I recently read a wonderful and inspiring book, entitled “The Promise of a Pencil,” by Adam Braun. In his book, Adam shares how he left the safety of a corporate job, and pursued his dream of starting schools in impoverished areas all around the world. His story inspired me, because it is the story of how an individual person can literally change the world, one small step at a time. Starting schools around the world changed the lives of millions of children, the lives of thousands of individuals who joined the cause, and of course, Adam himself.
In the very last paragraph of the book, Adam speaks to the lessons he learned, lessons he would like to pass on to his own future children:
“I’ll tell them that the most direct route to happiness is through creating joy for someone else, and that change doesn’t happen through hard work alone. It requires strength of imagination. It relies on that ability we each possess to suspend belief in the restraints of today to enable the possibilities of tomorrow. Most of all, I’ll remind them each morning that we make a choice to bring positivity or negativity into the world, and that within every single person there lies an extraordinary story waiting to unfold.”
I reflect on his words, and I find great wisdom in them.
Recently, at home, we have been having lots of conversations around the dinner table about popularity, and what it means to be popular. Of course, fundamentally, we all want to be loved, accepted, seen. The draw of fitting in to a group of people, even if it means sometimes sacrificing some of our integrity, can be powerful, no matter how young or old we are.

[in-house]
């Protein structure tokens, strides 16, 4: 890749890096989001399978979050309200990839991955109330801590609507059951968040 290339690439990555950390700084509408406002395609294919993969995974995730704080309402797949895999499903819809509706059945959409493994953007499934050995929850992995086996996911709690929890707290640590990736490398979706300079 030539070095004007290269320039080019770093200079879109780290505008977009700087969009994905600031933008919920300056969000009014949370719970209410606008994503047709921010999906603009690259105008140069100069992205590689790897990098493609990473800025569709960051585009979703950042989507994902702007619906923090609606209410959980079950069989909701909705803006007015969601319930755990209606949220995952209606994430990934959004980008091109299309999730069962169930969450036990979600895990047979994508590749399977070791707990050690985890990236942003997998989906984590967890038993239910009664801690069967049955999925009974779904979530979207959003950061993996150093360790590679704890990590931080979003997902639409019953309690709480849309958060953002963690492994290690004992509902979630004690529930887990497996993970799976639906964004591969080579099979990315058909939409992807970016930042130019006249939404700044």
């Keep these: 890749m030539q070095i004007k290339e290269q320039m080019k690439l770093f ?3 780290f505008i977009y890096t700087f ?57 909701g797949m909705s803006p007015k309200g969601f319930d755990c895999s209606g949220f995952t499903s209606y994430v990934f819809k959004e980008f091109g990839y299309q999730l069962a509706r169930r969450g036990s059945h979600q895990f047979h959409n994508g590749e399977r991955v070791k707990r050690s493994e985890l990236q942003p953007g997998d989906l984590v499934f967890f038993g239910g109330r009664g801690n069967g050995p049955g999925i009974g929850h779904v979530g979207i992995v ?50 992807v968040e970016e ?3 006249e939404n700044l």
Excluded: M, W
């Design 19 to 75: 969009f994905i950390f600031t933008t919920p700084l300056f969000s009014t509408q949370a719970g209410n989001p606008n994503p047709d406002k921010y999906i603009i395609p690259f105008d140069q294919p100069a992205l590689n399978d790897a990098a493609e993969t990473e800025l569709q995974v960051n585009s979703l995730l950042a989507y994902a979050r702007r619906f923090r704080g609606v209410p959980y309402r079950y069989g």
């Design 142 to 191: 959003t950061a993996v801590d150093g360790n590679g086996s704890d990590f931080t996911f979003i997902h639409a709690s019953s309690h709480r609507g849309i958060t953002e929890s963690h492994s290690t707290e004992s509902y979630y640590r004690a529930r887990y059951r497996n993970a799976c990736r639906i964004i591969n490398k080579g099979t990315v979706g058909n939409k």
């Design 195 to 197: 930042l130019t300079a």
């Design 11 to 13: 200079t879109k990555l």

But what if we could shift our focus from how we are seen and accepted by others….to how we see and accept those around us? What if we could shift our focus from being loved…to the act of loving someone else? What if instead of wondering why we were excluded…we reflected on how we could be inclusive of other human beings?
What if, instead of wondering when and how and why we will one day fit in, we realize that fitting in isn’t how we are going to change the world? We are going to change this world by shattering the norms and expectations that exist inside and outside of us. We are only going to create profound movement by fully embracing and manifesting our true potential and calling–even if nobody else is interested, or they think we are a little weird.
In short, we are going to change the world when we stop worrying about the acceptance of others, and commit to living each day with the intention to stay fully true to who we are, and what we are placed here on this earth to do. That may or may not make us popular. But perhaps we are not here necessarily for popularity or acceptance. Perhaps we are here to make a specific difference, in our unique ways.
And maybe as we blaze our own trails, we slowly gather a group of like minded individuals who want to blaze their own trails too.
These words probably don’t make too much sense right now to the ears of seven and eight year old children. It’s hard enough to understand as a grown adult. But I read stories like “The Promise of a Pencil,” and I realize that we all have to make a decision about which priorities are going to guide our life, and how we choose to focus our eyes.
So for today, and in the week ahead, I invite you to consider the role that acceptance plays in your life. How much of what we do is motivated by the desire for acceptance? How can we balance that with staying true to our inner nature and purpose?
With gratitude, Monisha